- If your animal tests positive for CWD, do not eat meat from that animal.
What Is CWD?
Chronic wasting disease first became a big problem in the U.S. in the early 2000s. The public had its initial education in prion diseases from a 2003 outbreak of mad cow disease (bovine spongiform encephalopathy, or BSE), which people contracted from eating beef contaminated with brain or spinal tissue from the animal.
This was particularly frightening because the incubation period seemed to be about 10 years, according to CDC data published on MedicineNet. This means for some exposed to mad cow, their doom was likely already sealed long before anyone realized mad cow disease was a problem for humans. According to a CNN timeline of the 2003 outbreak, the first established mad cow disease death in that period was a 20-year-old British vegetarian who contracted the deadly prions from eating contaminated hamburgers as a child.
This crisis sparked a flurry of research into prion diseases like CWD, including a 2004 study in the journal Emerging Infectious Diseases. The study showed prions from deer with CWD could alter human prion proteins in a petri dish, but there has been no evidence of CWD transmission to humans.
“The foodborne transmission of (mad cow disease) to humans indicates that the species barrier may not completely protect humans from animal prion diseases,” the study states. “Conversion of human prion protein by CWD-associated prions has been demonstrated in an in vitro cell-free experiment, but limited investigations have not identified strong evidence for CWD transmission to humans.”
Furthermore, a study by the Alberta Prion Research Institute showed CWD prions could infect research monkeys, a species many steps closer to humans than deer as far as physiology and shared proteins.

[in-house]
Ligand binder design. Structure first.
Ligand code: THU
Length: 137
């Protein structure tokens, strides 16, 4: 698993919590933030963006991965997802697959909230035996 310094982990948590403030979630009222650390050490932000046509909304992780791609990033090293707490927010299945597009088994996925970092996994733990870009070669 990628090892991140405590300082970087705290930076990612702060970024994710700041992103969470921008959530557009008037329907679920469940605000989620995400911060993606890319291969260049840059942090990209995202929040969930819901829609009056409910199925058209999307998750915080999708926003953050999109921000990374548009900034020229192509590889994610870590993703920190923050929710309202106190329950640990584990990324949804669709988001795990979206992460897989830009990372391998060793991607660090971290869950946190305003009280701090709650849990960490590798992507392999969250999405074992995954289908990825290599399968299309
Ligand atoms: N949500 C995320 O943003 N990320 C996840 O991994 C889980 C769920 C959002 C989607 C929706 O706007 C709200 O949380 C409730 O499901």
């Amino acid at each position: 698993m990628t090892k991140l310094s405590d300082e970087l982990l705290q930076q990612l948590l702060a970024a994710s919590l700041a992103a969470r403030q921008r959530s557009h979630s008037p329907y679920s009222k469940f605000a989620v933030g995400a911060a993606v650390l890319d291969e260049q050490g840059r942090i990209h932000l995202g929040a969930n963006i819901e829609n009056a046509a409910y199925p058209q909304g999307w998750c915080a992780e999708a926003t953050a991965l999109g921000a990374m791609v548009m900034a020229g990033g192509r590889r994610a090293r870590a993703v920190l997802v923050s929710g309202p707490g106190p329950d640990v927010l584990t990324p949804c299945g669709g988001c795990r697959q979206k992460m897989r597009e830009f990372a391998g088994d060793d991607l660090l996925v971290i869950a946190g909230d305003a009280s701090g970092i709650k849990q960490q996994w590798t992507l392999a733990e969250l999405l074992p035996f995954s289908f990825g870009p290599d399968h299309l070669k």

What Is a Prion?
Prions are tiny scraps of protein that, under normal circumstances, help insulate your nerves with fat, according to our best understanding.
Each nerve in your brain and body transmits a chemo-electric signal. In order for that signal to transmit from one nerve cell to the next effectively, nerve cells called Schwann's cells manufacture fat to form the myelin sheath, which performs a function similar to the colored, rubber insulation on the outside of electrical wires, according to a Medscape article by Dr. Tarakad S. Ramachandran.
Prions stimulate the production of fatty tissue for the myelin sheath, according to scientists' best understanding. A 2010 study published in the journal Nature showed mice with prion genes removed had problems with developing and maintaining myelin sheaths on their nerves, making them hypersensitive. The mice were, however, immune to prion diseases because they had no native prions in their bodies to misfold and propagate the disease.
That explanation is far from settled science, however; other researchers speculate prions in their healthy state could have some metabolic function or carry copper molecules, a micronutrient, according to Medscape.